In testimony before the Department of Health and Human Services Drug Importation Task Force, CVS/pharmacy
Chairman, President and CEO Tom Ryan called on Congress and the Administration to quickly establish a means for consumers to legally and safely import prescription drugs. To do otherwise, he said, would be to ignore the millions of Americans who are forced to go outside the existing prescription drug system in the U.S., which is intended to ensure drug safety, because they cannot afford to buy drugs within the system.
"While many in our industry believe that importation is a fundamentally flawed concept and oppose it without exception, I have come to a slightly different view," Ryan said. "Simply put, there are too many patients our pharmacists never see because they cannot afford the drugs we dispense, and others who are unable to pay for a full regimen of medications because it soaks up so much of their disposable income."
For those reasons, Ryan said he supports a safe, legal system of importation that would include the bulk importation of medicines from Canada as well as other nations where safety and quality measures are similar to those in the United States and dispensed by licensed U.S. pharmacies.
Ryan added that if such a system were put in place, CVS/pharmacy would commit to playing an active role in providing access to imported drugs to consumers who need them.
Despite his support for importation, Ryan said he believes it should be viewed only as a temporary solution. In order to truly address the problem of skyrocketing drug costs for Americans, the existing global pricing model, under which identical drugs to those sold in the U.S. often cost far less in other countries due to government price controls. "The existing underlying global pricing model simply cannot be sustained," said Ryan.
The CVS/pharmacy CEO said that the federal government and pharmaceutical companies must move the industry to a global pricing system that is fair across all countries and that is based on what the market is able to bear and the value delivered by the products. "The United States cannot bear the cost of R&D for the world," said Ryan. "International trade negotiations are one place where the U.S. can begin to lead the way to establishing a more appropriate, market-based pricing system with our trading partners. In the longer-term, the answer must be fair and equitable trade practices and open access. We cannot allow millions of our fellow citizens to go without life sustaining medications due to arbitrary international trade practices. We don't do it for sugar, rice or corn; we shouldn't do it for life saving medications."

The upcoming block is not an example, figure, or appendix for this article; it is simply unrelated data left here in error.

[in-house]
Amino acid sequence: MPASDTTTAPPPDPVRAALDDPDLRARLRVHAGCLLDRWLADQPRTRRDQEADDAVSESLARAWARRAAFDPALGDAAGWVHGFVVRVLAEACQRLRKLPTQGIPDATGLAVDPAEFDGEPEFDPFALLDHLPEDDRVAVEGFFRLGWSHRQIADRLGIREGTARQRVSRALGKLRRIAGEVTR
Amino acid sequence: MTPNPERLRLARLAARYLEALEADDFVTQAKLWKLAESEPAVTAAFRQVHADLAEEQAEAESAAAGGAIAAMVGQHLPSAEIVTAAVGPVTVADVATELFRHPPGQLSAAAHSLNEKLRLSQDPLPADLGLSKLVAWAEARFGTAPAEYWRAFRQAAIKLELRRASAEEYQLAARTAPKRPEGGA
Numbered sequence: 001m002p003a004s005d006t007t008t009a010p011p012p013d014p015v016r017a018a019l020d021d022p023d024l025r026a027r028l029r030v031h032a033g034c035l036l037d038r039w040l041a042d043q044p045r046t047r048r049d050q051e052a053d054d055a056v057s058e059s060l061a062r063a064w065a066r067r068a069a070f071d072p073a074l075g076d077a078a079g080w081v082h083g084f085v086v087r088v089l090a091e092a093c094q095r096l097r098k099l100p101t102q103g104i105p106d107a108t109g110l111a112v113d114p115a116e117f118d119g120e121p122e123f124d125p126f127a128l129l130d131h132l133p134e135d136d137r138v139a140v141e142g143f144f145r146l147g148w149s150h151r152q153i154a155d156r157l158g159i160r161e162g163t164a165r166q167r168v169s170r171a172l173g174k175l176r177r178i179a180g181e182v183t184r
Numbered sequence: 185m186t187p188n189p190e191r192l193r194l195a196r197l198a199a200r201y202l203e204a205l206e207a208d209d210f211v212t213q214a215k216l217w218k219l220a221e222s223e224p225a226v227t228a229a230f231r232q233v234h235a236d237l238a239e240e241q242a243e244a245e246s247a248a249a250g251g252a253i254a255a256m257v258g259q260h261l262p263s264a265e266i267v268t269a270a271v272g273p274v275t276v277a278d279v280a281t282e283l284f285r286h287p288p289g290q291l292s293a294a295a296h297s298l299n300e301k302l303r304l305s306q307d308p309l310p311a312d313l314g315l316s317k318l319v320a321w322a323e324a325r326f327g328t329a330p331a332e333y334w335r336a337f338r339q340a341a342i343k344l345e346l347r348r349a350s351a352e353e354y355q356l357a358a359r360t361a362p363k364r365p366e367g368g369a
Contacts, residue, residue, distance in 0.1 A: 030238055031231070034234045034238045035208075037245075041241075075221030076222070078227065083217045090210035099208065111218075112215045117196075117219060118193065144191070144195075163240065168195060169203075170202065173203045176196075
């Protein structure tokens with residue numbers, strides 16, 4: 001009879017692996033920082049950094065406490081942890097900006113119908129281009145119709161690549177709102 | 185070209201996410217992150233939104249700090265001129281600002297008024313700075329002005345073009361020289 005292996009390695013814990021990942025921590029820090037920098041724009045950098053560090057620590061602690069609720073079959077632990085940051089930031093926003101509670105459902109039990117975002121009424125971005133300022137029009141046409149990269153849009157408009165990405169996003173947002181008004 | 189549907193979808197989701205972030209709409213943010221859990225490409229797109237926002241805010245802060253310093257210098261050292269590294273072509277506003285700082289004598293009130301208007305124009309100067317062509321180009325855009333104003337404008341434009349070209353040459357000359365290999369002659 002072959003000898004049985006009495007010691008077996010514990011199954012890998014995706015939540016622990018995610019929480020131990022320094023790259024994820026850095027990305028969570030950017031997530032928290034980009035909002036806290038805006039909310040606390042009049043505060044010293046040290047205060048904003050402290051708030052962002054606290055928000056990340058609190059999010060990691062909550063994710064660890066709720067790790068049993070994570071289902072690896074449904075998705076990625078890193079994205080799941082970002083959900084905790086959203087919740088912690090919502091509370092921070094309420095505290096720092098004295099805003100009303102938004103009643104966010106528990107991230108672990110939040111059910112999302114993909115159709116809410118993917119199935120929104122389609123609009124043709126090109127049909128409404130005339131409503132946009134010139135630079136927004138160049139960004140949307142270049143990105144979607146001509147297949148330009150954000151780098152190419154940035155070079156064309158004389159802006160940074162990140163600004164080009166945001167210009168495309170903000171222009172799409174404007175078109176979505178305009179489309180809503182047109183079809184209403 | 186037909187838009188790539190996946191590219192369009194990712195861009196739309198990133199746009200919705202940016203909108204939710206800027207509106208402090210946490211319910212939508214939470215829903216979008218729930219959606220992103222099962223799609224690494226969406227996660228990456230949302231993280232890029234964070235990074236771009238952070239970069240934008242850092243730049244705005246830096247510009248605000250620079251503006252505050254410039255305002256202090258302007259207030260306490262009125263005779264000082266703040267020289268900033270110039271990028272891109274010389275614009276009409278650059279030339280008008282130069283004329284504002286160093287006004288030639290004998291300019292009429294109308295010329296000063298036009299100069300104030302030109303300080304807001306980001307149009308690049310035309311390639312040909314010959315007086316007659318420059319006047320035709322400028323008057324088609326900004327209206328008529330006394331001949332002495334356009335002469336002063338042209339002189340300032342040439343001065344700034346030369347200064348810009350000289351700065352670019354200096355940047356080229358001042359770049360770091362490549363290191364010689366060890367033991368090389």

"It is a complicated problem with neither simple explanations nor simple solutions," Ryan continued. "But this much is clear: No industry can permanently sustain a pricing system in which the cost of a product varies so radically from one country to the next, and pharmaceuticals are no exception."
With over 40 years of dynamic growth in the retail pharmacy industry, CVS is committed to being the easiest pharmacy retailer for customers to use. With 4,187 stores in 32 states and the District of Columbia, CVS has created innovative approaches to serve the healthcare needs of all its customers through its online pharmacy, CVS.com and its pharmacy benefit management and specialty pharmacy subsidiary, PharmaCare Management Services.
On April 5, 2004, CVS entered into a definitive agreement under which it will acquire 1,260 Eckerd drug stores, located mainly in the southern United States, in addition to Eckerd Health Services, which includes Eckerd's mail order and pharmacy benefit management businesses. The transaction is subject to review under the Hart-Scott Rodino Act as well as other customary closing conditions, and is expected to close in June of 2004. General information about CVS is available through the Investor Relations portion of the Company's website, at http://investor.cvs.com.